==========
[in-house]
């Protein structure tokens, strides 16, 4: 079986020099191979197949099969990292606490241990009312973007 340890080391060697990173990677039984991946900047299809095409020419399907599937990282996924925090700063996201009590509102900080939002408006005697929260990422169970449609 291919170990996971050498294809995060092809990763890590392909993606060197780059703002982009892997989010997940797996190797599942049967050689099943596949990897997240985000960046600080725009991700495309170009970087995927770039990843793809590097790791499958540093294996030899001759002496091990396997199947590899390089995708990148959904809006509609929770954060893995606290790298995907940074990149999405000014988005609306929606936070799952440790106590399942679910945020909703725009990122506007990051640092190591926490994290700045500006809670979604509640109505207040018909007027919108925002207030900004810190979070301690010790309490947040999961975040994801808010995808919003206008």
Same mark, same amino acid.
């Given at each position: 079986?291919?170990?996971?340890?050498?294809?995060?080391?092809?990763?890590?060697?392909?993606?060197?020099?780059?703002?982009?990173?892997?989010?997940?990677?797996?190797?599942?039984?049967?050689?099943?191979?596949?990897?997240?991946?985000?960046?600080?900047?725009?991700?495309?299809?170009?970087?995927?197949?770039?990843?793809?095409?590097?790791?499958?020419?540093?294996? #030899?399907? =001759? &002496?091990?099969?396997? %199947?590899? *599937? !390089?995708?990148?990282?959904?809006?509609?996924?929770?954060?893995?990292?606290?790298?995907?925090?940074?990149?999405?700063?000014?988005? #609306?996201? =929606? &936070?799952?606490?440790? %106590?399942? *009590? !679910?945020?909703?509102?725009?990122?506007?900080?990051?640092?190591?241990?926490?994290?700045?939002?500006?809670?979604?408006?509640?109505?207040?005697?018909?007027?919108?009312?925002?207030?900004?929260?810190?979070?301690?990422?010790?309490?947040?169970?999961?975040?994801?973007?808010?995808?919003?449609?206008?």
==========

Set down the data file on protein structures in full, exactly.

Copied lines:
[in-house]
């Protein structure tokens, strides 16, 4: 079986020099191979197949099969990292606490241990009312973007 340890080391060697990173990677039984991946900047299809095409020419399907599937990282996924925090700063996201009590509102900080939002408006005697929260990422169970449609 291919170990996971050498294809995060092809990763890590392909993606060197780059703002982009892997989010997940797996190797599942049967050689099943596949990897997240985000960046600080725009991700495309170009970087995927770039990843793809590097790791499958540093294996030899001759002496091990396997199947590899390089995708990148959904809006509609929770954060893995606290790298995907940074990149999405000014988005609306929606936070799952440790106590399942679910945020909703725009990122506007990051640092190591926490994290700045500006809670979604509640109505207040018909007027919108925002207030900004810190979070301690010790309490947040999961975040994801808010995808919003206008």
Same mark, same amino acid.
């Given at each position: 079986?291919?170990?996971?340890?050498?294809?995060?080391?092809?990763?890590?060697?392909?993606?060197?020099?780059?703002?982009?990173?892997?989010?997940?990677?797996?190797?599942?039984?049967?050689?099943?191979?596949?990897?997240?991946?985000?960046?600080?900047?725009?991700?495309?299809?170009?970087?995927?197949?770039?990843?793809?095409?590097?790791?499958?020419?540093?294996? #030899?399907? =001759? &002496?091990?099969?396997? %199947?590899? *599937? !390089?995708?990148?990282?959904?809006?509609?996924?929770?954060?893995?990292?606290?790298?995907?925090?940074?990149?999405?700063?000014?988005? #609306?996201? =929606? &936070?799952?606490?440790? %106590?399942? *009590? !679910?945020?909703?509102?725009?990122?506007?900080?990051?640092?190591?241990?926490?994290?700045?939002?500006?809670?979604?408006?509640?109505?207040?005697?018909?007027?919108?009312?925002?207030?900004?929260?810190?979070?301690?990422?010790?309490?947040?169970?999961?975040?994801?973007?808010?995808?919003?449609?206008?």